33 line React - thoughts

Original post, original discussion.

There were lots of insightful comments in the hacker news thread - thanks, I thought I'd write up some of the thoughts that came out of it. Looking now, this may just be a rant piece - I'll let you decide. In a vaguely Top-Gear-esque way, this post is split into style, performance, conclusions.


Have a go building your next frontend with an as simple as possible pageState -> DOM model, maybe use mithril.

.jsx, state management and aesthetics

The React homepage, has the following snippet:

class Timer extends React.Component {
    constructor(props) {
        this.state = { seconds: 0 };
    tick() {
        this.setState(state => ({
            seconds: state.seconds + 1
    componentDidMount() {
        this.interval = setInterval(() => this.tick(), 1000);
    componentWillUnmount() {
    render() {
        return (
                Seconds: {this.state.seconds}

Versus, for example, the code for the noughts and crosses in my original post, there's a huge amount of ceremony here. I have to:

There are alleged performance/codebase management reasons for some of these, but I remain a bit sceptical of their applicability to "normal" sized web applications.


To my eyes, the original mithril TodoMVC source is exceptionally expressive and handsome, especially versus the equivalent React example. Maybe I'm turning into Arthur Whitney, but I'm kind of enjoying long, dense lines like:

m("section#main", {style: {display: state.todos.length > 0 ? "" : "none"}}, [
    m("input#toggle-all[type='checkbox']", {checked: state.remaining === 0, onclick: ui.toggleAll})

Consider the recommended React/JSX equivalent:

if (todos.length) {
    main = (
        <section className="main">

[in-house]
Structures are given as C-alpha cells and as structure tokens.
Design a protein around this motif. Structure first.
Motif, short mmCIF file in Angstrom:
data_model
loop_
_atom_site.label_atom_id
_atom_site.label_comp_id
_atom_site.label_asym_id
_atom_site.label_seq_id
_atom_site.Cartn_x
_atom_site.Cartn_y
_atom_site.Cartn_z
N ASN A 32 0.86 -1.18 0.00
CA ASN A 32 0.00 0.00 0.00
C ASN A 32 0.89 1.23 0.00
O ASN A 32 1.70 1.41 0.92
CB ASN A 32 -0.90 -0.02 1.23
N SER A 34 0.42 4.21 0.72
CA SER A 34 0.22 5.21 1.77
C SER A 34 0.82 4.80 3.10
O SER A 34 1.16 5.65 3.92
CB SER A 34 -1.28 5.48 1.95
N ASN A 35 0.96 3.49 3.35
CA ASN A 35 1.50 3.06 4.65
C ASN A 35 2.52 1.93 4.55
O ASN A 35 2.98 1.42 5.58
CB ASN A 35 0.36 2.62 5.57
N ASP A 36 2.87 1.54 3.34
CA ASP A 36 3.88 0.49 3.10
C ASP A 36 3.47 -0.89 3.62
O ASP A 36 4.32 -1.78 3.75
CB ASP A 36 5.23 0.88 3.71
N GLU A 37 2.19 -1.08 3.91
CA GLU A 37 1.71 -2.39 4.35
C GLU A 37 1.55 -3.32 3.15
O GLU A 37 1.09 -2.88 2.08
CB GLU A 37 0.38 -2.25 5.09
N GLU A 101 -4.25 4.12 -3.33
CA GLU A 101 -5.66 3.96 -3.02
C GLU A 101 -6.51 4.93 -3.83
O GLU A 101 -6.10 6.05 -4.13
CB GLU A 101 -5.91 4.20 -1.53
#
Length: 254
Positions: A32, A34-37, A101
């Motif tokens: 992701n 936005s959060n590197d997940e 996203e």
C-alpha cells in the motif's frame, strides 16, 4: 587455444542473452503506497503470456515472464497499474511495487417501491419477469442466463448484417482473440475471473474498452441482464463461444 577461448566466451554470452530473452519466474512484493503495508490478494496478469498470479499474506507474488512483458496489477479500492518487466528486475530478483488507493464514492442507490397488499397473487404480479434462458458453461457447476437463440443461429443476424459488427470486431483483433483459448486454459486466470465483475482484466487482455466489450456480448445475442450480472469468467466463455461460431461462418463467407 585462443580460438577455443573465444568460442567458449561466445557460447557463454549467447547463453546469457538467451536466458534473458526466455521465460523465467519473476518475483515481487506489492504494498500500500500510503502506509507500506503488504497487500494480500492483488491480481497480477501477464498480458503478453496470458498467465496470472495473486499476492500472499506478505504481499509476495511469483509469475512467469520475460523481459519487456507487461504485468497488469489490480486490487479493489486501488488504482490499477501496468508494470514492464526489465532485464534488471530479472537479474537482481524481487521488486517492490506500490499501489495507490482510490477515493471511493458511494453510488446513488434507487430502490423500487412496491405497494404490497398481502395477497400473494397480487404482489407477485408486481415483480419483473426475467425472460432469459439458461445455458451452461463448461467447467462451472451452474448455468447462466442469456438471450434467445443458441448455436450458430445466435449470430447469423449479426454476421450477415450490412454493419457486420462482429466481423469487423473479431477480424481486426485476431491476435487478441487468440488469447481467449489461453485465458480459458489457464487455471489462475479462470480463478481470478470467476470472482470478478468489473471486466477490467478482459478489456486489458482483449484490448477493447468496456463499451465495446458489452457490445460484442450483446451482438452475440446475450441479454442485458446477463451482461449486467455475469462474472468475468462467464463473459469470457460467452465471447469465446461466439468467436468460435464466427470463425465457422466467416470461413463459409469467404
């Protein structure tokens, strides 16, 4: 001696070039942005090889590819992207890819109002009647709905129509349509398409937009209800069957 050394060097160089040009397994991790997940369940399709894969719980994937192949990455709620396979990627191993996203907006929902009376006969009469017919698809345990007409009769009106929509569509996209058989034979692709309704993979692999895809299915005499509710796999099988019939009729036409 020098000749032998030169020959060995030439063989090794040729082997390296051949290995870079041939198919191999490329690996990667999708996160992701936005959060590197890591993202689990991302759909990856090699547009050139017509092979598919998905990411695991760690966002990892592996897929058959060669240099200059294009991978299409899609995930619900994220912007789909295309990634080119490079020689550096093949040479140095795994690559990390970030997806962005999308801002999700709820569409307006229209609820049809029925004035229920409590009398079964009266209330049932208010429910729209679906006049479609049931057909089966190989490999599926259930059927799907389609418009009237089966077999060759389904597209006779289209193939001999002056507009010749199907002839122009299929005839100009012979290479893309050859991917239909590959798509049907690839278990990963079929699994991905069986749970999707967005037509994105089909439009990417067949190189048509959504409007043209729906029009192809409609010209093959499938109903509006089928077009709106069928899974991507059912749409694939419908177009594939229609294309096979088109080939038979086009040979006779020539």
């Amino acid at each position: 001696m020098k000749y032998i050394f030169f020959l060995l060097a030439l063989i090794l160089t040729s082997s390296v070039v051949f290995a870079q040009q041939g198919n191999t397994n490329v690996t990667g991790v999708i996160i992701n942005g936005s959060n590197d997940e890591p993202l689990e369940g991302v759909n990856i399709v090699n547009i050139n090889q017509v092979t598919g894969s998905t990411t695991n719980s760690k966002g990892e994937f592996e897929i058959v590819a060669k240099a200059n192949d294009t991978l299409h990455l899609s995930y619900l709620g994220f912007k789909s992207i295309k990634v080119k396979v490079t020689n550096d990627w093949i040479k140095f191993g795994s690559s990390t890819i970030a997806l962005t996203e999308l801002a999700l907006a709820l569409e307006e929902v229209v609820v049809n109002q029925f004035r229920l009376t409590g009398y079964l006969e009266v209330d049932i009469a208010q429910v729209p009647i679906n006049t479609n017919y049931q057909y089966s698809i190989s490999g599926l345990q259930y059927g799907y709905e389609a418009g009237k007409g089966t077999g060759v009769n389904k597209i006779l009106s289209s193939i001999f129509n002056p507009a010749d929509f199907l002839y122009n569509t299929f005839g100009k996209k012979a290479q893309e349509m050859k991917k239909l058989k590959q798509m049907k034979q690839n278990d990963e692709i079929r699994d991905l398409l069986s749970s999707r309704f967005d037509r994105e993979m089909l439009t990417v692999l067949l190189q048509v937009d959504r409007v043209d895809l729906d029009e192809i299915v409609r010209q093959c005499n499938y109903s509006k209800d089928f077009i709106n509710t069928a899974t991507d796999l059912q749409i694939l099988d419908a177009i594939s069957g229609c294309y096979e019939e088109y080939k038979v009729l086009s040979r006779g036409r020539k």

checked={activeTodoCount === 0}
            <ul className="todo-list">


As a consumer of webpages, I'm not sure I've ever seen the URL change in an SPA and thought "phewph, I'm glad I wasn't redirected to a new page" - just gimme a normal <a> and split your app up yo.


I had a very unscientific play around with this neat benchmarking tool, you can use the "Custom URL"s http://leontrolski.github.io /benchmark and /benchmark/mithril.html to compare yourself. I'm going to keep the performance figures intentionally vague - I was comparing Vanilla JS, React 16, mithril and 33-line.

Performance - Notes

The Vanilla JS one just shoves strings of html together and does a big container.innerHTML =, nice and simple. On the other hand, string munging sucks for obvious reasons. Also, you end up with a lot of updates flashing around in the devtools inspector.

I had to write a few extra lines of 33-line to handle data- attributes, that cranked it up to 37 lines. I think if you were to try productionise this toy code you'd end up with about 3/4 of a mithril.

I did one run with the stage0 library thingy, the code was a bit more gnarly, but it was rapid. If I was writing eg. a game or a big spreadsheet app that needed high performance, I'd definitely be considering a library in this space.

Things that I'd imagine React particularly excels at versus a naive approach would be things like clock counters/animations - small bits of the DOM changing at high frequency - the tradeoff for this performance seems to be state-management-based API complexity. If one is to use a simpler pageState -> DOM model with few library hooks into the guts, it may be necessary to implement clocks etc. out of band of the normal library's render loop.

Hacker news meta bit

For a while, the top-voted thread was people moaning about how a variable was called m, then a later comment in the code said it was a grid. I agree it was maybe a bit annoying, but I dunno, you read the article and that was your takeaway.. I've been part of a fair few code reviews with this vibe in my time :-)


Doing document.querySelectorAll('*') on the airbnb map view (a reasonably complex SPA) returns 3407 elements.

With no thought to performance at all, a simple library can render in the order of 100s of divs per millisecond. You could probably swap React out with 33-line on most sites and no-one would notice, you could also swap it out with some Vanilla JS string munging too - although the developer egonomics would be a bit rubbish.

In their next project, I'd recommended any frontend devs out there embrace there inner minimalist and cut the fat. Make a plain ol' state variable at the top of your file, throw in some functions that mutate it, a touch of mithril to render it, and bang, you're done.

If your site's slow (unless you're something really complicated like a game/spreadsheet), it's probably that you put a lot of crap on it, rather than anything to do with how you render your divs.